Carrom (also known as Karrom) is a “strike and pocket” table game of Eastern origin similar to billiards and table shuffleboard. It is played throughout the East under different names though most non-eastern people know it by the East Asian name of Carroms (or Karrom). It is very popular in Nepal, India, Pakistan, Bangladesh, Sri Lanka and surrounding areas. In South Asia, many clubs and cafés hold regular tournaments. Carrom is very commonly played within families, including the children, and at other social functions. Different standards and rules exist in different areas.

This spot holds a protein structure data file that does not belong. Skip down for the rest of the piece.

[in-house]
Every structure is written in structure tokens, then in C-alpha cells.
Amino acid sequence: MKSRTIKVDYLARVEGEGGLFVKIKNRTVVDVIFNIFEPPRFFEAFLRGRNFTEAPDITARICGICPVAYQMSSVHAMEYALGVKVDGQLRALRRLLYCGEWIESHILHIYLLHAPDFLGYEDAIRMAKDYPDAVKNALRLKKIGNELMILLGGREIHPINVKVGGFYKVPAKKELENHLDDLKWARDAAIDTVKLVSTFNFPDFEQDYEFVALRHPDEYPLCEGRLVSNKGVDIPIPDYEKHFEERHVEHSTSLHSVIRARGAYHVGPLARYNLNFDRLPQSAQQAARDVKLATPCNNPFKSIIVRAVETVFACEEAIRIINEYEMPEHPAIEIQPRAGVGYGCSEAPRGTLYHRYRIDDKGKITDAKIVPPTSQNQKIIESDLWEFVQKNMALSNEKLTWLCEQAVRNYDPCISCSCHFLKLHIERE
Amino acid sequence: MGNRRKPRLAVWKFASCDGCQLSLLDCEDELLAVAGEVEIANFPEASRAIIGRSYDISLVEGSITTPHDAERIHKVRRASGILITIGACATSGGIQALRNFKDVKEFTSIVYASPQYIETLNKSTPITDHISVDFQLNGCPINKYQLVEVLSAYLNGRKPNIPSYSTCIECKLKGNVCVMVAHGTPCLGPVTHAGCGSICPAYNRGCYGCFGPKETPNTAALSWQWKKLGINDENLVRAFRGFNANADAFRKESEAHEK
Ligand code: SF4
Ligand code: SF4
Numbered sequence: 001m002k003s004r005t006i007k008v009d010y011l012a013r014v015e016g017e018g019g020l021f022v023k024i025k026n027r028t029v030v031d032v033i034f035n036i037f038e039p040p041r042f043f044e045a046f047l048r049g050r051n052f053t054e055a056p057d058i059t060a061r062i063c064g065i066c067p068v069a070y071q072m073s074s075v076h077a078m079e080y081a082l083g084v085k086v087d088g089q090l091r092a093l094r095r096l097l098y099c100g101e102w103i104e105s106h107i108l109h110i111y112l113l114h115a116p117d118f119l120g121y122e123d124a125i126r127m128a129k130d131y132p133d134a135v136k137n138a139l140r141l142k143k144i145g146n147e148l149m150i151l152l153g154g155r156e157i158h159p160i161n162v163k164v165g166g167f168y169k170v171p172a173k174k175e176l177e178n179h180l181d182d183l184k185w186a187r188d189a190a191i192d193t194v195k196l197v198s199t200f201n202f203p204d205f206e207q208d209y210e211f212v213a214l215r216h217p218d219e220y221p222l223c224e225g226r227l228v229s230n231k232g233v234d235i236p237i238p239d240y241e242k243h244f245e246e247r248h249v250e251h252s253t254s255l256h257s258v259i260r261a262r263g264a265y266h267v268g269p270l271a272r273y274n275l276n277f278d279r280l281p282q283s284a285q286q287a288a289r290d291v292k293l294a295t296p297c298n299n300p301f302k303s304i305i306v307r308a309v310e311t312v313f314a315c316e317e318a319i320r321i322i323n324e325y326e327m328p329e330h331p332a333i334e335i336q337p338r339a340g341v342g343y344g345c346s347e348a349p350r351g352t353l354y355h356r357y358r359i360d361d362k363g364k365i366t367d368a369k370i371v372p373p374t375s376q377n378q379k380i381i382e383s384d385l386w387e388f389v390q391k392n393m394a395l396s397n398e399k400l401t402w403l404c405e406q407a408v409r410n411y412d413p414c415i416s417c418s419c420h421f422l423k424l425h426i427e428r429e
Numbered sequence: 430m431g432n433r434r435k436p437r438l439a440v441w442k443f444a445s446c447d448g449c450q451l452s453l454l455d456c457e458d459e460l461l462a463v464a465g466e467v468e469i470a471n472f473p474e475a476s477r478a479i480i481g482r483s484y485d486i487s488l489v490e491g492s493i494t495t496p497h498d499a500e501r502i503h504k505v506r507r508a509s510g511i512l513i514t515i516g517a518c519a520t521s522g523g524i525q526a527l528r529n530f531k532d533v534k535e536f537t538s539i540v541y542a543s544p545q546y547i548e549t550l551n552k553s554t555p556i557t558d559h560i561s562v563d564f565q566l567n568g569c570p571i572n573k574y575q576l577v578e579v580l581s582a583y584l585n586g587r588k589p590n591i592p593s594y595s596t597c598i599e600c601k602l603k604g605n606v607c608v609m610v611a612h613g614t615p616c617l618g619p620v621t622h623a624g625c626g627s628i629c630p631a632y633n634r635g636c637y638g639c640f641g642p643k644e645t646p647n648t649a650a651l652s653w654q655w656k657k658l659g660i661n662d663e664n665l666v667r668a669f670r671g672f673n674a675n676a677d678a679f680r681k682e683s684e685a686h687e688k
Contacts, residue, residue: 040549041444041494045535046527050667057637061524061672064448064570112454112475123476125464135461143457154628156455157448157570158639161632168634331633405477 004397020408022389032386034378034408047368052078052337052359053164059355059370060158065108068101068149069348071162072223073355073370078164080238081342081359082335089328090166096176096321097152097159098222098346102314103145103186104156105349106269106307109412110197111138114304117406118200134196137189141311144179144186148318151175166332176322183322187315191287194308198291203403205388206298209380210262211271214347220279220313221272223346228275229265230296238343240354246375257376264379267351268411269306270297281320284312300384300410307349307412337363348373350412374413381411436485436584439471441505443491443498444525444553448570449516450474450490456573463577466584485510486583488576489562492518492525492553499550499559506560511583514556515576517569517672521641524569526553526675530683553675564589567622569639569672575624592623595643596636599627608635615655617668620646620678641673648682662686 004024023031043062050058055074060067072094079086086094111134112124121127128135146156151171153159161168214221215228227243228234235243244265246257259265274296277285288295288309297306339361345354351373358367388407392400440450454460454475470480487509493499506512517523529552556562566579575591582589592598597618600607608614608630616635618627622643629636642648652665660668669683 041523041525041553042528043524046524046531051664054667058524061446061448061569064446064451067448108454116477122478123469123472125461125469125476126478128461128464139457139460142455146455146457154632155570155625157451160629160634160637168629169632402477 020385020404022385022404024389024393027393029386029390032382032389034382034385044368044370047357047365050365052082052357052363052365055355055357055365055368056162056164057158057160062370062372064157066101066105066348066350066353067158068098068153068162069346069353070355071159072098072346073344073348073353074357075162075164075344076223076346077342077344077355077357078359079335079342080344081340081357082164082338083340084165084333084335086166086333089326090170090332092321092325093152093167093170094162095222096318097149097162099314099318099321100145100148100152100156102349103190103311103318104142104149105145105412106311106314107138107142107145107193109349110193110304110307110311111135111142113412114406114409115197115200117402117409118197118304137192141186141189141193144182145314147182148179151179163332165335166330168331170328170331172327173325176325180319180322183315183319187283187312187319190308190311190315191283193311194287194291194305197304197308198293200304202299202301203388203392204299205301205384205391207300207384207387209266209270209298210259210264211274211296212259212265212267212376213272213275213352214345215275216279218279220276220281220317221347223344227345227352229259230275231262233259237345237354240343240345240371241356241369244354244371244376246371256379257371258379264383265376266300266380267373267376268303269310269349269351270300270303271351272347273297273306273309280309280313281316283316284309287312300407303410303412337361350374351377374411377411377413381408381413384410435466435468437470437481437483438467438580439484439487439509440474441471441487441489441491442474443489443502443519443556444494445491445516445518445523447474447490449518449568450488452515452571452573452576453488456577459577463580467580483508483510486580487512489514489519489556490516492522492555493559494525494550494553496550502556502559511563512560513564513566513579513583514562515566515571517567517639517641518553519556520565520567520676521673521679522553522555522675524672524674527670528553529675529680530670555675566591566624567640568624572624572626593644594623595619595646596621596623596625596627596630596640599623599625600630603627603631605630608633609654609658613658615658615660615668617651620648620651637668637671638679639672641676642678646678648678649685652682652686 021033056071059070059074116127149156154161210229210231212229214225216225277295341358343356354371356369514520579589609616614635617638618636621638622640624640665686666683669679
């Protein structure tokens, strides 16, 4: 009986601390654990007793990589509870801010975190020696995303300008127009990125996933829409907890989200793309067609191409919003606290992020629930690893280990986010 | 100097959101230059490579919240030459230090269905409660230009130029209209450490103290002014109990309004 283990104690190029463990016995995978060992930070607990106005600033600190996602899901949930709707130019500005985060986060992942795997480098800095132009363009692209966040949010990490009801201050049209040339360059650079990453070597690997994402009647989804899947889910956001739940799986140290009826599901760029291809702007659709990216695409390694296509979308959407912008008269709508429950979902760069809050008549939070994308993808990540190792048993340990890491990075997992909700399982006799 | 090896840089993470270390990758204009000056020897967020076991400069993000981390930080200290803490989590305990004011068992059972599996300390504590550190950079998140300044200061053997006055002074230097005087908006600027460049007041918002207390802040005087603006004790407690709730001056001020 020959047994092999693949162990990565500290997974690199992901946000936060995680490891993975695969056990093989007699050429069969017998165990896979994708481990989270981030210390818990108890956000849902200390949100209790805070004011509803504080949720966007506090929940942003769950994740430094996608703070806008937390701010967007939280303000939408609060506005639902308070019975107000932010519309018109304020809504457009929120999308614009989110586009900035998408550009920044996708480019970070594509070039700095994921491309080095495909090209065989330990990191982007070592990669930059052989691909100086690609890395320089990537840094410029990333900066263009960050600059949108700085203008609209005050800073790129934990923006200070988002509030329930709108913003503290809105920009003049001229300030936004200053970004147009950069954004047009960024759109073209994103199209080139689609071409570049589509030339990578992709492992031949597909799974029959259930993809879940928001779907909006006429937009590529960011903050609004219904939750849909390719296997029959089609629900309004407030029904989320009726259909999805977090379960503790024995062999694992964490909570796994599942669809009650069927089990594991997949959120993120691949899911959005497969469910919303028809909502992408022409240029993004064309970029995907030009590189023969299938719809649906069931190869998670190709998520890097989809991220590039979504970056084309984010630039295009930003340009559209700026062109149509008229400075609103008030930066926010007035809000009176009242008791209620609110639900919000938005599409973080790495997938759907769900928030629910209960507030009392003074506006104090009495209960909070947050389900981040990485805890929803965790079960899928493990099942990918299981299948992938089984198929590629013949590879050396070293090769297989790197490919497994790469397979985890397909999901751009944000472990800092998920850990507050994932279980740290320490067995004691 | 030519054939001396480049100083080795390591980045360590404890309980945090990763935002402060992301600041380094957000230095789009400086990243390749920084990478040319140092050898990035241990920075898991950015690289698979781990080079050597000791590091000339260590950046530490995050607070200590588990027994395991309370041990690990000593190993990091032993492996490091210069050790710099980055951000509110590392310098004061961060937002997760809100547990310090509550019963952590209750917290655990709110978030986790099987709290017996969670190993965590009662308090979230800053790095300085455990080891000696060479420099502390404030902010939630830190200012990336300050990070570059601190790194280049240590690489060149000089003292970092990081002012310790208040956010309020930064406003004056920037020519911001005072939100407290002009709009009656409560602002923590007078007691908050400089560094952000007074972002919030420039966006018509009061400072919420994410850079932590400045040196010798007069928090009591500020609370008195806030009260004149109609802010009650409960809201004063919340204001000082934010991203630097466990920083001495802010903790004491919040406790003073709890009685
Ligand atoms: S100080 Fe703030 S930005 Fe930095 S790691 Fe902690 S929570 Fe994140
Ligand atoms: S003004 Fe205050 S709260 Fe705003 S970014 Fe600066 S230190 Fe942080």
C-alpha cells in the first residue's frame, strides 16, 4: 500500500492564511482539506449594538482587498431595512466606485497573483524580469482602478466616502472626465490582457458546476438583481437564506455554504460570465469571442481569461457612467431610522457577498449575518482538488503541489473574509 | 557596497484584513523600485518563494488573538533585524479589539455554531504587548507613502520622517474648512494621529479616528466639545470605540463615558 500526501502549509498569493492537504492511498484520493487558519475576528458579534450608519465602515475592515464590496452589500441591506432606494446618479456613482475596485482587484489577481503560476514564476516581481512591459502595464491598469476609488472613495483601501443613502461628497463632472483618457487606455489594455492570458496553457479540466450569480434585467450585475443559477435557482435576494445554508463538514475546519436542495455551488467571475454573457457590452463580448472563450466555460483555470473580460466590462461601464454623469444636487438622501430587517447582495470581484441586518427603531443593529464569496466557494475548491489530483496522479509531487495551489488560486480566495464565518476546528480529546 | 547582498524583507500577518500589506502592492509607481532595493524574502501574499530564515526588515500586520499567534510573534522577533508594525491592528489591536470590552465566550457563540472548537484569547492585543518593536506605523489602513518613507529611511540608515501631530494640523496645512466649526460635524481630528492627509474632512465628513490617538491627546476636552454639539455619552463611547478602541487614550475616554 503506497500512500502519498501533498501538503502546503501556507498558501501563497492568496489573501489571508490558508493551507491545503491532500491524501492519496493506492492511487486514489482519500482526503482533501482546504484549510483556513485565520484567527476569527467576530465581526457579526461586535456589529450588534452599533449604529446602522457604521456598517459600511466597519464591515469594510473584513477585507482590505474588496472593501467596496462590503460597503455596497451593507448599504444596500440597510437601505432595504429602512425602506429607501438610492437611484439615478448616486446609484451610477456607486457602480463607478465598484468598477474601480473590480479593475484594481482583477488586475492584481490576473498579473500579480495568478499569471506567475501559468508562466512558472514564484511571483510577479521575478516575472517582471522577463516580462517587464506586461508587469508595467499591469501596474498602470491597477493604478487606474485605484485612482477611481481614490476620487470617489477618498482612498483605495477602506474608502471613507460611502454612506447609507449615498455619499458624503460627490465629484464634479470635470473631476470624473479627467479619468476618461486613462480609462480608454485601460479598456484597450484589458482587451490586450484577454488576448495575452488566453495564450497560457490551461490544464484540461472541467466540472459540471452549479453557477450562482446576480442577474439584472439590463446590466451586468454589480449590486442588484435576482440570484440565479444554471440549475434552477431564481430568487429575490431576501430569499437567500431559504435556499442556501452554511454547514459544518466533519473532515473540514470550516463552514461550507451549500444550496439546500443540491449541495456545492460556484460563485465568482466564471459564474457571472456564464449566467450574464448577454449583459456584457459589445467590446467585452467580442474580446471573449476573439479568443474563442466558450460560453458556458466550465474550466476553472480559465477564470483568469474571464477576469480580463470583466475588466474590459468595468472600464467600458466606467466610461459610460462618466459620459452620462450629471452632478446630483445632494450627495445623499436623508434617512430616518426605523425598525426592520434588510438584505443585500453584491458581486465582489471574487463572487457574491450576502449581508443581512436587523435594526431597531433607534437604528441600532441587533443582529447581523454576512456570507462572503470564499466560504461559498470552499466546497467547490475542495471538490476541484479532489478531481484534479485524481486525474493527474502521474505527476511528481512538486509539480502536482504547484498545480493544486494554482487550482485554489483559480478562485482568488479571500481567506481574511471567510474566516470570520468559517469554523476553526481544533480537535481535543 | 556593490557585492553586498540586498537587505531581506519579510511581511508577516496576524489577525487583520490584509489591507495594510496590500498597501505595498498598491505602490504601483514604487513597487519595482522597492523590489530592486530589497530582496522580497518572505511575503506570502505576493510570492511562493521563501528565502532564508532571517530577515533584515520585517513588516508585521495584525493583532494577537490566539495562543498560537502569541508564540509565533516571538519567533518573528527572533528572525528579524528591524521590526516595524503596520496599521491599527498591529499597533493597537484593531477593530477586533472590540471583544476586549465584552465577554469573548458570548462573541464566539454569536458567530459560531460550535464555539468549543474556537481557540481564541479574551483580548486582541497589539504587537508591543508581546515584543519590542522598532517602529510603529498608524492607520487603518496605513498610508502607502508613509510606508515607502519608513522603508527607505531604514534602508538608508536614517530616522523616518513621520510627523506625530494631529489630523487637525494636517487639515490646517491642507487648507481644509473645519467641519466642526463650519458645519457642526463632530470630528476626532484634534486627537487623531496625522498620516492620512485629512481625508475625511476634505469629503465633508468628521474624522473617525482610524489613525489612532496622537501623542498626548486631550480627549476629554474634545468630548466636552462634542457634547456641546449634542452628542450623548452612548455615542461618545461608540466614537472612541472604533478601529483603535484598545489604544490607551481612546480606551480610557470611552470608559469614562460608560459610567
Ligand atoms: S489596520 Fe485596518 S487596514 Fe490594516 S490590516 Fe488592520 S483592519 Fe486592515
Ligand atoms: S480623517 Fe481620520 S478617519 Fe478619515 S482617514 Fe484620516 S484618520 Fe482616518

The objective of play is to use a striker disk with a flick of the finger to make contact with and move lighter object disks called carrom men, which are thus propelled into one of four corner pockets. The striker and carrom men are analogous to the cue ball and object ball in cue sports, respectively. The aim of the game is to pot (pocket) one’s nine carrom men and the queen before one’s opponent does. The carrom queen is analogous to the 8 ball (black ball) in the game of eight-ball pool.